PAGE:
India, under the umbrella of unity, will be able to withstand different foreign attacks that may be targeted on our culture, business and religion.

Ocean of Knowledge
It is a given fact that vast knowledge exists in our scriptures such as Vedas and Upanishads. Our scriptures cover almost every topic that is relevant as per the current times  for example, science, literature, poetry, law, economy, philosophy, religion, defense and others. While translations of these scriptures exist, they are not able to convey the same meaning as provided in the original. Therefore, Sanskrit is the key to access, analyse and utilize this knowledge. 

Sanskrit is the bridge through which these oceans of knowledge can be crossed, understood and applied for the welfare of the mankind.

Connect with Culture
Sanskrit will help Indians to connect with India's ancient culture and traditions which will influence our thought, speech and actions in a positive manner. Nation wide adoption of Sanskrit will help India to regain its identity thereby bringing in revolutionary changes in the mindset of every person of the country. Sanskrit will help Indians to transform, evolve and change to become true Hindus. Consequently, one can expect the Hindus to rise and fight for justice, women safety, gender equality, transparent administration and crime reduction.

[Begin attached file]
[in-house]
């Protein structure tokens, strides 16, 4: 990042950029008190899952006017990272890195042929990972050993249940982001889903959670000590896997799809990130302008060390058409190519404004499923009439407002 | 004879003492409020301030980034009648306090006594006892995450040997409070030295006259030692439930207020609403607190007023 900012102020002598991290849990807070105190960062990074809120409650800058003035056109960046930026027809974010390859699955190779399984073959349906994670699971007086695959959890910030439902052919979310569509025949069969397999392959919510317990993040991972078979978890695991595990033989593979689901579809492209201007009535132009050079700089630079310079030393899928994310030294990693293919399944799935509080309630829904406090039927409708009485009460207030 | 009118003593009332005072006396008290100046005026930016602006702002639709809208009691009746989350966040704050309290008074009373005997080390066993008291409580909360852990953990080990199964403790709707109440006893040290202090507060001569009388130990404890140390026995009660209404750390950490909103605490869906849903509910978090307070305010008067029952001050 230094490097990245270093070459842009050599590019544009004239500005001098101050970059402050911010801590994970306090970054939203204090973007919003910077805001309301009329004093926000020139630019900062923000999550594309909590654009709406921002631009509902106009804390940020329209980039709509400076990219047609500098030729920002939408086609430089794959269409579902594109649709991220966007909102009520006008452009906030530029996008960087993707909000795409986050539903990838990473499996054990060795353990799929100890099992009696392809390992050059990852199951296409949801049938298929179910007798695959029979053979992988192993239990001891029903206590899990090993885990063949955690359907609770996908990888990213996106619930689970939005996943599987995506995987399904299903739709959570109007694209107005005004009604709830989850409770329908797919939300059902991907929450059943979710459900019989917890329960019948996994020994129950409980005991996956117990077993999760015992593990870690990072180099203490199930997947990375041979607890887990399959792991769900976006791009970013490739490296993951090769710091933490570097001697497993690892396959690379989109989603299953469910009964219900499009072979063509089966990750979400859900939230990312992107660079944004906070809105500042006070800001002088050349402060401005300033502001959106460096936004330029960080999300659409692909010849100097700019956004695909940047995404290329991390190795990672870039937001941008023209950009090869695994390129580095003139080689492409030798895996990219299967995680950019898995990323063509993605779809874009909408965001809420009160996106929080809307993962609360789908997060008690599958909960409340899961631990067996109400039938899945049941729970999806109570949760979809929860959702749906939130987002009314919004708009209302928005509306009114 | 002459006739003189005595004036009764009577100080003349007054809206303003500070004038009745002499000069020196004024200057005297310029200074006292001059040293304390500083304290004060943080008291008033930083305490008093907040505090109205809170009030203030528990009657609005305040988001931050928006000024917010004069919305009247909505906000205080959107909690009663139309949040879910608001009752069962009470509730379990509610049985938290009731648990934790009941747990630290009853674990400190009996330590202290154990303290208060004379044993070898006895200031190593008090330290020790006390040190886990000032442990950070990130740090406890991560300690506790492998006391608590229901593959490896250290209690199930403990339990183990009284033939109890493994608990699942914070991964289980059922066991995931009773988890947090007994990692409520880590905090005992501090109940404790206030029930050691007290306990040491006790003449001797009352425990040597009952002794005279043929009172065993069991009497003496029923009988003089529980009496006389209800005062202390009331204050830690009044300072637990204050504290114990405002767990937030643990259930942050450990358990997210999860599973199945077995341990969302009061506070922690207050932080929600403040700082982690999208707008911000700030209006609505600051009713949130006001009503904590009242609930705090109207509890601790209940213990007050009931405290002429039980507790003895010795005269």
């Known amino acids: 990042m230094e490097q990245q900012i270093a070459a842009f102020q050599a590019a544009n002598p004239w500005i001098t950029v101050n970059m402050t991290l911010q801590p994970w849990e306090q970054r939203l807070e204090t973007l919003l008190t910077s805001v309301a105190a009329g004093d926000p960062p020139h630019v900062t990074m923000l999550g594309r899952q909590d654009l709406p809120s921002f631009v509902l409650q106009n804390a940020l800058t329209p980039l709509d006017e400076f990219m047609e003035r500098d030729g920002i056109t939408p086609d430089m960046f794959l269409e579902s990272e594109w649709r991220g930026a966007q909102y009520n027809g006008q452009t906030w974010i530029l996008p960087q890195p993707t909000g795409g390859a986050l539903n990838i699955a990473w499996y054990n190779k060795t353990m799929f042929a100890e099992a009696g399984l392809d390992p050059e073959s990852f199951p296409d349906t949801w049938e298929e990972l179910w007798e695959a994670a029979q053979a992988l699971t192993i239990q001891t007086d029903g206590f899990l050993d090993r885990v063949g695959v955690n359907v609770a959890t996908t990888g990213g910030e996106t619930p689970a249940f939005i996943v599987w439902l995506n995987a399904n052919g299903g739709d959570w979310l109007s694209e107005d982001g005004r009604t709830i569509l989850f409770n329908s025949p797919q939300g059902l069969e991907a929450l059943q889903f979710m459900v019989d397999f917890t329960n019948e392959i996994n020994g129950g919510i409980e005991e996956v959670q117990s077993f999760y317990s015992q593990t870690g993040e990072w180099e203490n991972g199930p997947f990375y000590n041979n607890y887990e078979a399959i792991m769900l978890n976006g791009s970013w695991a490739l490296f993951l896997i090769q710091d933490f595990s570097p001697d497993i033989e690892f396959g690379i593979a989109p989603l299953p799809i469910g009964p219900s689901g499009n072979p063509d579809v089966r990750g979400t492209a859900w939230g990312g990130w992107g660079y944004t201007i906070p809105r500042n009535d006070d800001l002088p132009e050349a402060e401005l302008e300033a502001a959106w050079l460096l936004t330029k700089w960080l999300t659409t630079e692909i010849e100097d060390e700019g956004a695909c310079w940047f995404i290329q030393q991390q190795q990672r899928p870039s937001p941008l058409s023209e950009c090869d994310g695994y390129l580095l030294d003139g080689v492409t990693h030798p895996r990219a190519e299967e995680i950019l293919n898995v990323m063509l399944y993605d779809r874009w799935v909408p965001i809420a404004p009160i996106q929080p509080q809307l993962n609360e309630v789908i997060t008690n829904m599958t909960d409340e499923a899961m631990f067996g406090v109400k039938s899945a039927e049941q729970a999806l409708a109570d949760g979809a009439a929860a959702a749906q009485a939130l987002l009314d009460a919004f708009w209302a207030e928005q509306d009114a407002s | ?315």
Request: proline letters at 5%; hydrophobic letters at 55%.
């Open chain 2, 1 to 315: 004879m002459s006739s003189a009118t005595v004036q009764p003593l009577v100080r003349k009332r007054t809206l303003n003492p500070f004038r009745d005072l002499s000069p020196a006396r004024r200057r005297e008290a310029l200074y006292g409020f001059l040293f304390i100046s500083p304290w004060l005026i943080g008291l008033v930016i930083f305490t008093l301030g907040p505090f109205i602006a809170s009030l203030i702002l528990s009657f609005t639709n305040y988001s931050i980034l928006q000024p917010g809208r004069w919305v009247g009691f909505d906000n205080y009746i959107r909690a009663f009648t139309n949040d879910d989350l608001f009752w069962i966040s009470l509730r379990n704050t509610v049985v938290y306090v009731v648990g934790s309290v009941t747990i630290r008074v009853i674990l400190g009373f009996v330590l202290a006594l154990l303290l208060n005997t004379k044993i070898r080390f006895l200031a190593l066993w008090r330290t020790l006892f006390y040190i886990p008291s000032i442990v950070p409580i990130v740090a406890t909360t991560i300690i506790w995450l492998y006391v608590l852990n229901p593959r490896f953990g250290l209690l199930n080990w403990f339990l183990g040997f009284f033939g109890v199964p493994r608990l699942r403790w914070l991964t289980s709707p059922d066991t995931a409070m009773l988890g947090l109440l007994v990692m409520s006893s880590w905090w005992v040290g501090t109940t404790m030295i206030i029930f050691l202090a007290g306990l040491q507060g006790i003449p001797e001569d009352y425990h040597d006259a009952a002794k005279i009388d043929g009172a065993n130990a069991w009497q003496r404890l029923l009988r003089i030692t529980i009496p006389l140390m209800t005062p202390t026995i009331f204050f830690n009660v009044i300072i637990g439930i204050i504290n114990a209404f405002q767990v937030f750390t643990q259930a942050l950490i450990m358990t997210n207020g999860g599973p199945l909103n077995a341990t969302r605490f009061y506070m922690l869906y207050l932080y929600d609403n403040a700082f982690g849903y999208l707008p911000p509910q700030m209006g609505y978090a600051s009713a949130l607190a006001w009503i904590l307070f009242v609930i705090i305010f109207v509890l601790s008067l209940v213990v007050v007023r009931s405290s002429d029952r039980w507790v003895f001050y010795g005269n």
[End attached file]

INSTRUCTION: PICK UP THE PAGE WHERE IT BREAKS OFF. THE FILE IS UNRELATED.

Sanskrit will transform passive Hindus (those disconnected from their roots due to the influence of Britishers and Muslims) into active Virat Hindus.

Government's role
Our government has failed to leverage the hidden treasures of our scriptures; however, it has been quite pliant towards western culture. Lack of efforts towards understanding our culture has only helped the West to dominate at global level. It has helped Islam to dominate on the basis of oil reserves and not due to any significant scientific achievement. West has borrowed Indian concepts, applied them in their laboratories and then achieved favorable results due to continuous support from their governments. They have re-packaged the already existing scientific discoveries and created products that are acceptable to masses. Obviously, they were smart enough to pocket nice and handsome profits from such ventures. 

Whereas, India which is the original source of all knowledge still continues to languish in business, science & technology and political dominance at global level. This equation needs to be re-balanced in order to rectify the wrongs committed on India. 

India's time to lead, secure and enlighten the world is long overdue; however, many times it has fallen short of its true potential. The change is possible provided we elect leaders who display Will power, Imagination and Courage through their actions.

In the end, I would like to conclude by the following couplets:

"Sanskrit is the mother,
Sanskrit is the root,
Sanskrit is the future,
Sanskrit is the soul of India"

– Gaurav Bhatia